Ralph Reed: The Crash of the Choir-Boy Wonder

Taking the Tiguas to the Bank

Perhaps the most audacious of all of Abramoff’s efforts on which Reed worked was the successful attempt on behalf of the Coushatta Tribe to shut down a rival casino in Texas.  After doing so, Abramoff then sold his lobbying services for $4 million to the same Texas tribe – the Tiguas - vowing to reopen the very casino he had just managed to shut down.[92]      

Reed was instrumental in the initial effort, building public support for then-Texas Attorney General, now a US Senator, John Cornyn’s drive to close the casino.  Reed organized a group of Texas pastors to “provide cover” for Cornyn’s effort to shutter the casino, at one point pledging to send “50 pastors to give him moral support” when it appeared as if Cornyn was going to be confronted by protestors.[93]

Reed also developed close ties with sources in Cornyn’s office who kept him informed on developments, which he shared with Abramoff.  When Reed found out from Cornyn’s office that a court decision shutting down the casino was expected soon, he emailed Abramoff.  Thinking ahead, Abramoff was already preparing to fly to Texas to meet with the tribe whose casino was about to be closed thanks, in large part, to his handiwork.  In an email he sent to Reed just before his trip, he wrote “I wish those moronic Tiguas were smarter in their political contributions. I’d love to get my hands on that moolah!! Oh well, stupid folks get wiped out.”[94]

Just days after the Tigua’s casino was closed, Abramoff met with them and offered to work to reopen the casino at no charge, though Scanlon’s PR work was going to cost them more than $4 million.  Abramoff declared himself outraged by the “gross indignity perpetuated by the Texas state authorities” – an “indignity” that he had helped orchestrate and for which he had been well paid. [95] 

Abramoff sold the Tiguas a plan where he would get the law that had shut their casino amended by using his Capitol Hill connections to slip language into an entirely unrelated bill, the Help America Vote Act, then working its way through Congress.  Abramoff reportedly got Rep. Bob Ney (R-OH) to agree to insert the language, after which Abramoff instructed the Tiguas to make $300,000 worth of political donations to political action committees controlled by Republican Reps. Tom DeLay, Roy Blunt, and Ney.[96]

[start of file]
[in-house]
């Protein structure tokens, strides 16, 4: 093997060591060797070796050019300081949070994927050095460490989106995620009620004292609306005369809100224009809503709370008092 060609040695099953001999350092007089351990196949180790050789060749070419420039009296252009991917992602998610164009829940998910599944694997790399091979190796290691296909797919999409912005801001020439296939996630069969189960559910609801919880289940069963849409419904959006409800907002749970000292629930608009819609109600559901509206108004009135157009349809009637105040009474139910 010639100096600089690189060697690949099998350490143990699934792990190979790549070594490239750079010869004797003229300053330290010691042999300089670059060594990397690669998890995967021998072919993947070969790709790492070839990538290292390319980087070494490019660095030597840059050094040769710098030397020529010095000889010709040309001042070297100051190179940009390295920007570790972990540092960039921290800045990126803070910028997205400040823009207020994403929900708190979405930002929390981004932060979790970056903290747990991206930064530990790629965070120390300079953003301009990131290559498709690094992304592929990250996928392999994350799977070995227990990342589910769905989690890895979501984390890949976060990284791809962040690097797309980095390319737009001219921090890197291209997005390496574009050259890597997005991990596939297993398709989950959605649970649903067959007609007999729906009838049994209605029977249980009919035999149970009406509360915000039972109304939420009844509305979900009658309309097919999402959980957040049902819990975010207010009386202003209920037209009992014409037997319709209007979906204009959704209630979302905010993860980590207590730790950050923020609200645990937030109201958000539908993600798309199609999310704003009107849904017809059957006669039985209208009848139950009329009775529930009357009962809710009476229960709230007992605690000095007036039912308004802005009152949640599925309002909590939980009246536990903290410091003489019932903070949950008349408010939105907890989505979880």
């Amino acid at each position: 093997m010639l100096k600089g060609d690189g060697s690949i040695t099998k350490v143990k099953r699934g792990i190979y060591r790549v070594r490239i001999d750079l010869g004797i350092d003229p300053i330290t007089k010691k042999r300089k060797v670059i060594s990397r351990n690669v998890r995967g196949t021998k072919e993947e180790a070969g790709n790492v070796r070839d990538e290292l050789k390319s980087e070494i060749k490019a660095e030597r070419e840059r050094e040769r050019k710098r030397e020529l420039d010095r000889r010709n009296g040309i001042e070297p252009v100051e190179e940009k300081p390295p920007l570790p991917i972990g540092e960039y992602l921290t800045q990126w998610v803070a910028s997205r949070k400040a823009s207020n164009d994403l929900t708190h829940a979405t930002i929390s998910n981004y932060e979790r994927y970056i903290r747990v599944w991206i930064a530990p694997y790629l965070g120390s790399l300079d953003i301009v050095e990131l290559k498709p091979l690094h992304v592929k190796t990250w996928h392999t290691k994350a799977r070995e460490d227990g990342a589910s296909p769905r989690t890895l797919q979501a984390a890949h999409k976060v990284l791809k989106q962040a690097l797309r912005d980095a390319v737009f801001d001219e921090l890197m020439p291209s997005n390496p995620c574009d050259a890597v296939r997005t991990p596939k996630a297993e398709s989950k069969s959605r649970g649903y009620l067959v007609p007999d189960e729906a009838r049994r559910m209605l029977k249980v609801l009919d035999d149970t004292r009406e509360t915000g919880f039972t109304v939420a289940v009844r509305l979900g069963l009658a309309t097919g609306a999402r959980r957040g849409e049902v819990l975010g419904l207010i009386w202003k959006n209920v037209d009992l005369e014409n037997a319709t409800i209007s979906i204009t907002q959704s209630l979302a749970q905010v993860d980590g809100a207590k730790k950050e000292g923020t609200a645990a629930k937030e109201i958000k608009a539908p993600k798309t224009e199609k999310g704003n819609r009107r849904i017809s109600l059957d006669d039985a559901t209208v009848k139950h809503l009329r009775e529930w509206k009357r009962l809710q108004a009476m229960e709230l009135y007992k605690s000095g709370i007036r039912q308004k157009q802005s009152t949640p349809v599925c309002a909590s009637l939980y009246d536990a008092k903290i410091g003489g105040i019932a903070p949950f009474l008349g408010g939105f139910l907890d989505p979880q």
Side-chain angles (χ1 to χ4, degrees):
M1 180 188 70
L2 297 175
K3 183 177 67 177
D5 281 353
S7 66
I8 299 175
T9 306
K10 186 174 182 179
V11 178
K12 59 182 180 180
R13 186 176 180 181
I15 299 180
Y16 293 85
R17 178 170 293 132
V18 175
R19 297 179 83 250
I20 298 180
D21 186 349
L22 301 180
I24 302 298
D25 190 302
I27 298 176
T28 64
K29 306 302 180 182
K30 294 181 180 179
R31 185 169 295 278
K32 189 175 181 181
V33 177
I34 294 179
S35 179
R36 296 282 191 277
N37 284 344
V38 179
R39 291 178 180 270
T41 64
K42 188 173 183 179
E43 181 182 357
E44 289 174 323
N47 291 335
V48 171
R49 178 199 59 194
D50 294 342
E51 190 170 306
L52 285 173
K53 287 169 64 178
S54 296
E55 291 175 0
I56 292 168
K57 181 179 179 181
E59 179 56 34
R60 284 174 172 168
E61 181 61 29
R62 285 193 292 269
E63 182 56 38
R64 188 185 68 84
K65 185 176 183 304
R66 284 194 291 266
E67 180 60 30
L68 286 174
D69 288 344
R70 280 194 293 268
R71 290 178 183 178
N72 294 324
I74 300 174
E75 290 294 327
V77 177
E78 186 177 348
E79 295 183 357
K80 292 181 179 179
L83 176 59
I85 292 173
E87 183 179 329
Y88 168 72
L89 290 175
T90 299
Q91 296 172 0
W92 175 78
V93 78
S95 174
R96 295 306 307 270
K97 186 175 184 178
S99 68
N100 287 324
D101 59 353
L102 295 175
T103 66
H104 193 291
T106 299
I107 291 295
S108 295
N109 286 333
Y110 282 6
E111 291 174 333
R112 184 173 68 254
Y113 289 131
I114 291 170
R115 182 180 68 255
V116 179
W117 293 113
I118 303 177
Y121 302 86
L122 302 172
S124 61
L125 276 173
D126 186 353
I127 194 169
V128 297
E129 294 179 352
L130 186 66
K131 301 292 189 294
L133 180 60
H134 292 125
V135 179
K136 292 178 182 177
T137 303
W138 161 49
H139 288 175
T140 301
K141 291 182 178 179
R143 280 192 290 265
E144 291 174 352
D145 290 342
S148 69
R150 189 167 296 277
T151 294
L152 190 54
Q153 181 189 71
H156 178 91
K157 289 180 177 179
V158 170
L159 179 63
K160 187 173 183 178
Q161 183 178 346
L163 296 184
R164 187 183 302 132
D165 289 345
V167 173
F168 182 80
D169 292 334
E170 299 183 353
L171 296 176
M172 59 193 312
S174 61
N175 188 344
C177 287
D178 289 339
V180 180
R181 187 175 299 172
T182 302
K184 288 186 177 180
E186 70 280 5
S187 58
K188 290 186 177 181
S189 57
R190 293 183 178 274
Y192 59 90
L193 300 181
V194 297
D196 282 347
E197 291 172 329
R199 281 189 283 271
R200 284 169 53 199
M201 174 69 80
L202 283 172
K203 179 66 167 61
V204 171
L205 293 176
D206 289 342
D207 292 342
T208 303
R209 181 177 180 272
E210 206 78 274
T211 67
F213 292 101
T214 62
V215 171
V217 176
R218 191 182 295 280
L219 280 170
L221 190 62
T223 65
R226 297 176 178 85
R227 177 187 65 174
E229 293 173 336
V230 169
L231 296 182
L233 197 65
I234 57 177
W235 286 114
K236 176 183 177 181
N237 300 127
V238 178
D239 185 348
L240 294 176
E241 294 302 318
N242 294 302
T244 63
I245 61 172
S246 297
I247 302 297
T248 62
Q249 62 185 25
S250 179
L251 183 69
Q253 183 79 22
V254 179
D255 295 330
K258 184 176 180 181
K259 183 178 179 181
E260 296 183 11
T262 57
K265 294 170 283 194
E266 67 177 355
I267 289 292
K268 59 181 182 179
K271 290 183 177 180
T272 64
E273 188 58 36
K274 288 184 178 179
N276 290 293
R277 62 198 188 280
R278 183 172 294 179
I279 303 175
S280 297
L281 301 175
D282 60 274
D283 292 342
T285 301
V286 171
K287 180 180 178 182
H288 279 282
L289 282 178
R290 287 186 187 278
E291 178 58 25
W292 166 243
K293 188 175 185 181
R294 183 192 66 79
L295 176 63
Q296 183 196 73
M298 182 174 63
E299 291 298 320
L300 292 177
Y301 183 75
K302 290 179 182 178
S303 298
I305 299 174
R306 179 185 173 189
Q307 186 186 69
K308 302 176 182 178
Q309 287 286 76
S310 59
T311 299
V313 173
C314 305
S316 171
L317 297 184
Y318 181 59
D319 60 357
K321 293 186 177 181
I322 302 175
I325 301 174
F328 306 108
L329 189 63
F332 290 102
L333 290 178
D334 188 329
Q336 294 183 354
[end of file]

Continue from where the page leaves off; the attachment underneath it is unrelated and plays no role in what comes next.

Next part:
The plan was doomed to failure as Sen. Chris Dodd (D-CT) refused to insert the language into the Senate version of the bill, but that did not stop Abramoff from attempting to get the Tiguas to fork over $50,000 to pay for a golfing trip to St. Andrews Scotland for himself, Scanlon, Ney, and Reed.  The tribe declined, but Abramoff managed to set up a meeting two months later between Ney and the tribe, which still held out hope of getting its casino reopened.  But it was not to be, as the language was never included in the bill. The Tiguas were out $4 million, their $60 million in annual revenue was gone, their casino remained closed and nearly every one of its 1000 employees had lost their medical insurance, retirement programs and jobs.[97]

Reed himself came under investigation for his Abramoff-related work in Texas for failing to register as a lobbyist with the Texas Ethics Commission as required by law, but the case was dropped because the two-year statute of limitations had expired.[99]

[92] Susan Schmidt, “Insiders Worked Both Sides of the Game,” The Washington Post, September 26, 2004

[93] Lou Dubose, “No Picnic at Speaking Rock,” The Texas Observer, December 17, 2004

[94] Ibid.

[95] Susan Schmidt, “Insiders Worked Both Sides of the Game,” The Washington Post, September 26, 2004

[96] Lou Dubose, “No Picnic at Speaking Rock,” The Texas Observer, December 17, 2004

[97] Josephine Hearn, “Rep. Ney says he was 'duped' by Abramoff,” The Hill, November 18, 2004, Fox Butterfield, “For a Tribe in Texas, an Era of Prosperity Undone by Politics,” The New York Times, June 13, 2005

[98] Associated Press, “Prosecutors Conclude Reed Investigation,” March 27, 2006

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